Not more trains, but change in view needed
When Dinesh Trivedi begins his Railway Budget speech on March 14, he will do so in a difficult year - sky rocketing inflation rates and slowing economy. Most will hope that there is no fare hike announced. Ajay Mittal writes.india Updated: Mar 14, 2012 22:06 IST
When Dinesh Trivedi begins his Railway Budget speech on March 14, he will do so in a difficult year - sky rocketing inflation rates and slowing economy. Most will hope that there is no fare hike announced. It is precisely this impact of the rail budget on travellers that has turned the budget into a political tool, shifting focus away from the important aspect of core infrastructure improvement, public-private partnerships (PPP), rail freight movement and its general integral relevance to the Indian economy at large.
Let us appreciate that the railways even today remains the lifeline of the Indian economy and is the logistics backbone of core sectors such as power, ports, iron and steel, mining, cement and agriculture. While without Railways, one cannot possibly imagine the India that we see today, it is also true that it currently accounts for only about 30% of the overall Indian freight traffic, a far cry from 90% that it used to move in 1951. This major downward trend was a result of the years of neglect in this core sector - India has added only 10,000 km of new track infrastructure post independence, while China has added thrice that much since 2007 alone.
In order to arrest this undesired downward trend which indirectly stifles the growth of the economy, it is pertinent that the sector addresses the issues afresh. What the Railways needs desperately is not just another budget but a drastic change in perspective. It needs to think about how it can garner all help and support from the private sector through PPP. A turnaround can surely be achieved by focusing the efforts towards expanding the network and enhancing efficiencies. The Railways needs to infuse much needed funds towards such core infrastructure- and efficiency-related projects and put the onus of investing in wagons, rolling stock and terminals on the private operators.
However, all of this costs money and it is no secret that the Railways' financial position has been under considerable stress off late. This financial pressure is one reason why the railway minister said that he wants a third of his department's investment requirements (Rs 750,000 crore) for the 13th Five-Year Plan to be funded through PPPs alone. But how will the model work when the first attempt with private container train operator policy in 2006 has turned into a colossal failure with most private container rail operator not making money because of unfavourable and protectionist policies?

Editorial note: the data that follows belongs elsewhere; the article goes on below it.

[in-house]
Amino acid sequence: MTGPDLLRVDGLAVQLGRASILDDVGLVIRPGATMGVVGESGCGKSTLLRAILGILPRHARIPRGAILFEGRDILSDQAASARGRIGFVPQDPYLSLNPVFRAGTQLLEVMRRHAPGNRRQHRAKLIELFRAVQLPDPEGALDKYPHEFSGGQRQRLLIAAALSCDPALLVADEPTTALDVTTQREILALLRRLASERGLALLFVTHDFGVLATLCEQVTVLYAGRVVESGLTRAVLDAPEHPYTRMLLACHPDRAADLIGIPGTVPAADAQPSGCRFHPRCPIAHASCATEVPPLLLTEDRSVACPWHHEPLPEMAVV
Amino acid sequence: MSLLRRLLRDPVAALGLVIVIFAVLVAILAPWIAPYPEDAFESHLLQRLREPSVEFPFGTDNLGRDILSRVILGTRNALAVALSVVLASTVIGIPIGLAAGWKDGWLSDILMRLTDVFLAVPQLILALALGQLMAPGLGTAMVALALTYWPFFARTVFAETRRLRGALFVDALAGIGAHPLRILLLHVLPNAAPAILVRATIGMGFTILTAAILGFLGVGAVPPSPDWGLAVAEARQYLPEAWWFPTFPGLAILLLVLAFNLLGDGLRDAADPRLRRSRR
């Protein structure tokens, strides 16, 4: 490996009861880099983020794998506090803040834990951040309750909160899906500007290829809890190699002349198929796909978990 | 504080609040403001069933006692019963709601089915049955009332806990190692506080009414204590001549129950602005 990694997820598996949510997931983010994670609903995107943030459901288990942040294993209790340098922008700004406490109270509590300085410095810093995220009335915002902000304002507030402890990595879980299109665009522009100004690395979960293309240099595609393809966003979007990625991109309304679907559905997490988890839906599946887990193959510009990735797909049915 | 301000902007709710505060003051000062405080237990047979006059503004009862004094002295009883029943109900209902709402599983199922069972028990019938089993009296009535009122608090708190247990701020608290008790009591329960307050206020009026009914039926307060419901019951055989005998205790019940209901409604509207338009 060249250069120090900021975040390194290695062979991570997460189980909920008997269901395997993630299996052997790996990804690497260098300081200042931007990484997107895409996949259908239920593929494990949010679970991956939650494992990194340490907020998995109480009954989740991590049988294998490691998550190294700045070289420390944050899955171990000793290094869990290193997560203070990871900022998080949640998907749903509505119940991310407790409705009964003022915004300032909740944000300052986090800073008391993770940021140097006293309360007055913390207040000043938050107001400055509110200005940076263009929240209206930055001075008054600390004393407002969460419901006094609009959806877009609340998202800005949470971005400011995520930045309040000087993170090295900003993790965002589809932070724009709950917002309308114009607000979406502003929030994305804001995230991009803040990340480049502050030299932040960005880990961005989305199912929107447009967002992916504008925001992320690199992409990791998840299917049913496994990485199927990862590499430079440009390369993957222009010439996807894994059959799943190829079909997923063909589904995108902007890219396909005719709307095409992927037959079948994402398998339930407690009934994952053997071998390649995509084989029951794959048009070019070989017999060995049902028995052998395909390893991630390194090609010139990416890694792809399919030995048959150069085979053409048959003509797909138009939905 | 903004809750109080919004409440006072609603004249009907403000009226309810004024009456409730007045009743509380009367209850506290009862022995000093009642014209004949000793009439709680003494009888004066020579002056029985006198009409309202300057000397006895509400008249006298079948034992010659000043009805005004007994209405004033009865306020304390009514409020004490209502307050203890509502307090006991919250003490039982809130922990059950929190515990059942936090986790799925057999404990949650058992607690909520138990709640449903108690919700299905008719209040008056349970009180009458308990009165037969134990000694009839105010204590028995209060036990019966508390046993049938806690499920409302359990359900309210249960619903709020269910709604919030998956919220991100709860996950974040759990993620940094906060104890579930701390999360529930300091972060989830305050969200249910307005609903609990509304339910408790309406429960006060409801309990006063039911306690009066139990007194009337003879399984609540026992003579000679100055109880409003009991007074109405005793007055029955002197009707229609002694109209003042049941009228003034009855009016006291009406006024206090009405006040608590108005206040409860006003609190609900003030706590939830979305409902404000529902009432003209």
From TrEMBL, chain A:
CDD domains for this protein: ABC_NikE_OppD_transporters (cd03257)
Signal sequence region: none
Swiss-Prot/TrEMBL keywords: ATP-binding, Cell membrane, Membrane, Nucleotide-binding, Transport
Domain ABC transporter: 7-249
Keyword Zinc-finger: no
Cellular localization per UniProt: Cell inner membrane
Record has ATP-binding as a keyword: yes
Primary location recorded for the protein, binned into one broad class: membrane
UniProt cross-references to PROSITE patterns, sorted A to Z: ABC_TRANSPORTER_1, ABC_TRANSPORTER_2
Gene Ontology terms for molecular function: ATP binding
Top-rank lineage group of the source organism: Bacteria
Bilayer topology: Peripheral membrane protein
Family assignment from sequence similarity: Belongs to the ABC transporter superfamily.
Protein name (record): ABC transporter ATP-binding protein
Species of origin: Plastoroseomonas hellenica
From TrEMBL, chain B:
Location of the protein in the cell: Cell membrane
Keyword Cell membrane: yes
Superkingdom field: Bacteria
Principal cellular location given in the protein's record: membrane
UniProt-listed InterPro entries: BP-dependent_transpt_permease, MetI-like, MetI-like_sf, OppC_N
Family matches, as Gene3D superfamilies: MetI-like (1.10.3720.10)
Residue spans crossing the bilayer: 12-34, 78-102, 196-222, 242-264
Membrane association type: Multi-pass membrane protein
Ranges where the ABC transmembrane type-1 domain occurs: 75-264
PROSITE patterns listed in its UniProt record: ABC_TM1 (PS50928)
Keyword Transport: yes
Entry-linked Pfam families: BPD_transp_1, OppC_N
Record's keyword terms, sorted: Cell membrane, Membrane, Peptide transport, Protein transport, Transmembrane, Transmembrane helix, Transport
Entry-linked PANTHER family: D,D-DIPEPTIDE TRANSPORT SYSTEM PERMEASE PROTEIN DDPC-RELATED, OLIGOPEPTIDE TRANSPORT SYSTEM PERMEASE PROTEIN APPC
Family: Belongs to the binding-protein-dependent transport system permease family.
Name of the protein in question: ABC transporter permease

Fundamentally, the Indian Railways should most importantly be able to identify and part with its multiple conflicting roles of a policymaker, licensor, operator and a regulator. The Railways needs to bring each of these roles under a separate body and draw clear distinctions with regard to the jurisdiction, powers and functioning of each authority.
Today I dare say that the Railways has not only missed a key opportunity but has been found wanting in understanding the criticality of the sector and more importantly the far-reaching impact that the ministry's actions create. So, when Trivedi delivers the Rail Budget, for once we all hope that it focuses on policy, organisation realignment and privatisation initiatives and that our parliamentarians debate more on these issues rather than the number of new train services that have been announced for their respective states.
(The author is group chairman & MD, Arshiya International.)